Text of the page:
In what seems to be the next-gen of DRM, Blizzard and EA have made bones with a terrible idea: adding always-connected to solo games that have a multiplayer aspect. In the case of Diablo III it hurt sales and wounded a fan favorite by burdening it with an always-on connection, with SimCity Online it added unnecessary conditions to play and made it impossible to get onto during launch. Kyt Dotson opines about this “feature” as EA and Blizzard have seen it and how abusing the cloud could negatively affect the gaming industry on SiliconANGLE with “Abusing the Cloud: When Solo Games Get Connected”.
Link, via YouTube.
In what seems like an unexpected turn of events, Blizzard had their user database hacked into and some of the confidential user data exfiltrated—although Blizzard is quick to point out that financial information was not touched, so your credit cards are safe. What the hackers did get access to, however, happens to be e-mails, encrypted passwords, and the answers to security questions. As a result, it’s time for you to change your passwords people. Kyt Dotson over at SiliconANGLE has the nitty gritty details on tap.
The real-money transfer auction house is the next big thing for Diablo III and, after weeks of waiting, it’s finally online. However, it came to us after an increase in security, rumors of hacked accounts, and even now unverified reports of functional item and gold duplication hacks. Then there’s Blizzard’s answer to those security increases: players who get caught cheating, using bots, modifying the client, or otherwise subverting the game will find themselves permanently unable to play the game. Kyt Dotson over at SiliconANGLE has the story.
With all the fanfare and anger volcanoes erupting around the launch of Diablo III, and Blizzard’s subsequent and necessary apology for the failure of their servers, perhaps fighting piracy is only part of their strategy with the online-play only. Although this game is traditionally enabled people to play the storyline single player (and solo is a way many people will go Internet or no) that also means people can hook into the “real money trade” auction house. Kyt Dotson over at SiliconANGLE has the story.
Worlds Inc. has filed suit against Activision-Blizzard over the use of technology that fits with patents the received last decade entitled "System and Method for Enabling Users to Interact in a Virtual Space." This is one of six patents the company owns involving the interaction of players in highly immersive 3D spaces.
Worlds Inc. has alleged that multiple titles from the game publisher violates their patents such as World of Warcraft and Call of Duty.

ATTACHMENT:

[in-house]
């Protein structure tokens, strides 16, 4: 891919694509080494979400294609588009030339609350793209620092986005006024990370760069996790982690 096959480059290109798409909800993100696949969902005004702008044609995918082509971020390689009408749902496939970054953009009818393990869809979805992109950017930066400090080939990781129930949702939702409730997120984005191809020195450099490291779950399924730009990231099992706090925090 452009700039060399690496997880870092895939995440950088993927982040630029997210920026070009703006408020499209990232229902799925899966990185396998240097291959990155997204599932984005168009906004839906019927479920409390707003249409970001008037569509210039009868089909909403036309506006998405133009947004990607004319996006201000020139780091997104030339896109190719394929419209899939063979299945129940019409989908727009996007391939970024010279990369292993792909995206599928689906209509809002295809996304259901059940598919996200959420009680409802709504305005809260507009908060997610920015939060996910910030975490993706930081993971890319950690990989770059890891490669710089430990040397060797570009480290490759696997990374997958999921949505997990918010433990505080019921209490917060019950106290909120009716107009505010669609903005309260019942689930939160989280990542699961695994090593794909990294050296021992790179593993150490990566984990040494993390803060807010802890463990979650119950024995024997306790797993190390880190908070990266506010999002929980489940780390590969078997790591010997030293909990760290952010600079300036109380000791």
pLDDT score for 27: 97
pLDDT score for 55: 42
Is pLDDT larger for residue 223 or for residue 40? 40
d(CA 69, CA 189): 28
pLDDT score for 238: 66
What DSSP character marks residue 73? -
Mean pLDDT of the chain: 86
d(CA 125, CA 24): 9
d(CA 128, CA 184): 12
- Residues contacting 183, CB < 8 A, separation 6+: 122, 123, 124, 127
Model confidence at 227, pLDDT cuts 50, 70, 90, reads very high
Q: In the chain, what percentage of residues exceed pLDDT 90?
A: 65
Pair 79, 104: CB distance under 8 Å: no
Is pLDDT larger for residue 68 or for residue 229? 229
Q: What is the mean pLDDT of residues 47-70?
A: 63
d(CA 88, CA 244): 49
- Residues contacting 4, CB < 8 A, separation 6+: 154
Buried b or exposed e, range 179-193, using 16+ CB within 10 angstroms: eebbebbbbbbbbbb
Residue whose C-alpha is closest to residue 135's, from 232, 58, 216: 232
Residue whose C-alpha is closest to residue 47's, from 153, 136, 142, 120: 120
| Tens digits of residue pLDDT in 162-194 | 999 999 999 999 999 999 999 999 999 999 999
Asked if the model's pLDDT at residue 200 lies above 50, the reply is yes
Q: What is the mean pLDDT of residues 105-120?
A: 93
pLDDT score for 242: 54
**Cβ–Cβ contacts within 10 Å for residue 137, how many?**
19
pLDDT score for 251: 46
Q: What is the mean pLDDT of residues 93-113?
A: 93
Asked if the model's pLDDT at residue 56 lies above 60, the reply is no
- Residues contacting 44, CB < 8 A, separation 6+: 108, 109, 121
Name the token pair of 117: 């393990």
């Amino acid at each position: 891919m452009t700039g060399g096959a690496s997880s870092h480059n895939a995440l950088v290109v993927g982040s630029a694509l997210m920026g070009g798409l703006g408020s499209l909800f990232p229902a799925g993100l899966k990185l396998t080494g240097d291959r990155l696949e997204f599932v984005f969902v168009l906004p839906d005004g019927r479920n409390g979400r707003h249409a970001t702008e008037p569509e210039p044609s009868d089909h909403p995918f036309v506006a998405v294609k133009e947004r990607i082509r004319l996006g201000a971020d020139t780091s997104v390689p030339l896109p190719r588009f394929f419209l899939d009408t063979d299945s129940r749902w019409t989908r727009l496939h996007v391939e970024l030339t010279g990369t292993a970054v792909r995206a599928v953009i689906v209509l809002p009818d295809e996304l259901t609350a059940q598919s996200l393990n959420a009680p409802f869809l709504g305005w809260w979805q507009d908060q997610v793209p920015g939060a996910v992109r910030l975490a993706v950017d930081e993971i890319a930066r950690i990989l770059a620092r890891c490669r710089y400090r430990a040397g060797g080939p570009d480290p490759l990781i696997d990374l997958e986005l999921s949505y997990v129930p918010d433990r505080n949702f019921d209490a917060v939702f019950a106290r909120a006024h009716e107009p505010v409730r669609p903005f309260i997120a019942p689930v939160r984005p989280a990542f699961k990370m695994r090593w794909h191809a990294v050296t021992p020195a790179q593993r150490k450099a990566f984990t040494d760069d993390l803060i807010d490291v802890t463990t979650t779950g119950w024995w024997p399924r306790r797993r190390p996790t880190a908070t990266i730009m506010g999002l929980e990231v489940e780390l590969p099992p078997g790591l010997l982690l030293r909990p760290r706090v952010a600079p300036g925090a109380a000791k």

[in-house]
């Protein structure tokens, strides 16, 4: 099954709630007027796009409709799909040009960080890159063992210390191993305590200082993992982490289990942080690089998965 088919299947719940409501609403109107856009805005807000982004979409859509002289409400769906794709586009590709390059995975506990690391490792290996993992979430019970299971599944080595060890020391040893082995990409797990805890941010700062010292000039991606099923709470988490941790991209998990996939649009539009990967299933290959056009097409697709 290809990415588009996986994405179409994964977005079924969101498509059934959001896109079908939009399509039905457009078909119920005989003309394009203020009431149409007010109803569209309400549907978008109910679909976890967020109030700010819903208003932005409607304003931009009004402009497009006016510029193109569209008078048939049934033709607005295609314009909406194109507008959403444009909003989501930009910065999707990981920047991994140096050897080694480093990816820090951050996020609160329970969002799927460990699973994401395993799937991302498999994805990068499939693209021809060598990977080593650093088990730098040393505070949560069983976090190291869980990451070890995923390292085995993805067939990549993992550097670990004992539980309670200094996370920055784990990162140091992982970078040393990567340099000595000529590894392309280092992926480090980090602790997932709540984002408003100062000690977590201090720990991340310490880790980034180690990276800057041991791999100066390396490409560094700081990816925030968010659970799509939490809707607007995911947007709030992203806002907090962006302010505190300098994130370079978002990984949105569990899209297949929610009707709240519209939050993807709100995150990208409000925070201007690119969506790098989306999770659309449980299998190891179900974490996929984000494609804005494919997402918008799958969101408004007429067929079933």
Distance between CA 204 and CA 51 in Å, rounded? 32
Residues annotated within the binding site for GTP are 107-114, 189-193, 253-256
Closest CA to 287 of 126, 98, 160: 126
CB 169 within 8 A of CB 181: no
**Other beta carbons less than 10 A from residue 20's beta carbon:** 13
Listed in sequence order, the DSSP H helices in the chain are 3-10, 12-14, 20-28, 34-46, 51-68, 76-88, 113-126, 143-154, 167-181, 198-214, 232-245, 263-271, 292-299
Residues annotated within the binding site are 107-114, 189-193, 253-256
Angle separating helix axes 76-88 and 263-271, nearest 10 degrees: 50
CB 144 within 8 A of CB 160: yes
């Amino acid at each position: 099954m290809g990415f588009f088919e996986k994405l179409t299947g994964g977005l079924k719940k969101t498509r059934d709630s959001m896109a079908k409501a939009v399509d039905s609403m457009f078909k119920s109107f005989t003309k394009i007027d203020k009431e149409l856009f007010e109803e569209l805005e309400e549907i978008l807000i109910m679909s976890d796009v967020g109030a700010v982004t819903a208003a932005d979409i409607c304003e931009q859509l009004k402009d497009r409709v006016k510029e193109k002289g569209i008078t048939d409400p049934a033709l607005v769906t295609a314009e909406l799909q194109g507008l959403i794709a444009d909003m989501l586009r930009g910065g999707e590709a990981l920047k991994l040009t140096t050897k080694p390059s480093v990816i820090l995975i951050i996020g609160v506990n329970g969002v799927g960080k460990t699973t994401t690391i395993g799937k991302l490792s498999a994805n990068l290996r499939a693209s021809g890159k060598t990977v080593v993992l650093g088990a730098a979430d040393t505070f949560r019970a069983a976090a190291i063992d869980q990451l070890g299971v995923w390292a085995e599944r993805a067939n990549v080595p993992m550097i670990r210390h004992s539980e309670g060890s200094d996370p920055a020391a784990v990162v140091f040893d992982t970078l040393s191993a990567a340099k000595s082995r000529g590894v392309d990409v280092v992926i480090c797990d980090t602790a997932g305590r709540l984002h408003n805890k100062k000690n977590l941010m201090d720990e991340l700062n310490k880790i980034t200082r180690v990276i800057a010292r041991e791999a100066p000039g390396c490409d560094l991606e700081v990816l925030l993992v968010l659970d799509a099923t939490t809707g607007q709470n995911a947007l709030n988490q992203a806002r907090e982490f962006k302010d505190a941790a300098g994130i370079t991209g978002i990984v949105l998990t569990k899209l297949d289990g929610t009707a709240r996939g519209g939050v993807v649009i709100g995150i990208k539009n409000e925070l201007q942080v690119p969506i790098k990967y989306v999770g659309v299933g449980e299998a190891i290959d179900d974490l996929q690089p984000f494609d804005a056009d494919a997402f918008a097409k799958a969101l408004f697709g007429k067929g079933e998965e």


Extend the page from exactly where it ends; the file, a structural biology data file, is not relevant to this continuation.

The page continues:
"Technologies created by Worlds have helped the businesses of virtual worlds gaming and the sale of virtual goods to grow into a multi-billion dollar industry," said Worlds Inc. CEO Thom Kidrin. "While we are pleased to see that the gaming industry and its rapidly growing customer base have enthusiastically embraced our patented technologies, we deserve fair compensation for their use."
Worlds Inc. previously sued and NCSoft over their MMO title City
World of Warcraft has a winter celebration that affects both Alliance and Horde that involves the winter holidays. The Feast of Winter’s Veil involves a great deal of traditions taken from the Western celebration of the winter holidays and that primarily of Christmas. Such icons appear as the Abominable Greench – the Grinch of Dr. Seuss’s work added to the abominable snowman – Metzen the reindeer who is an echo of Rudolph the Red Nosed Reindeer – and even Greatfather Winter – an analogue to Santa Claus.
The orcs in Orgirmmar set up a Yule tree covered with decorations, holly and mistletoe are handed out to revelers who then can use that to make their mount into a reindeer. Gimmick gifts abound that allow the production of …
Jerks are ubiquitous in the video game community and PvP servers additionally self-select for their sort of behavior.
It’s impossible to have a community the size of World of Warcraft and not having at least one guild willing to ruin someone else’s day on any single shard that permits PvP. In this case, a Horde guild holding an in-game funeral learned the hard way that when you stand around in no armor, in a contested zone, a small band of people can totally bring ruin and sorrow onto you. And also, at the same time, many people condemned the actions of the attackers of taking advantage of the ritual.
In the end, Serenity Now got their "fifteen minutes of fame," but Fayejin — the dead PvP player memorialized in the "bombed"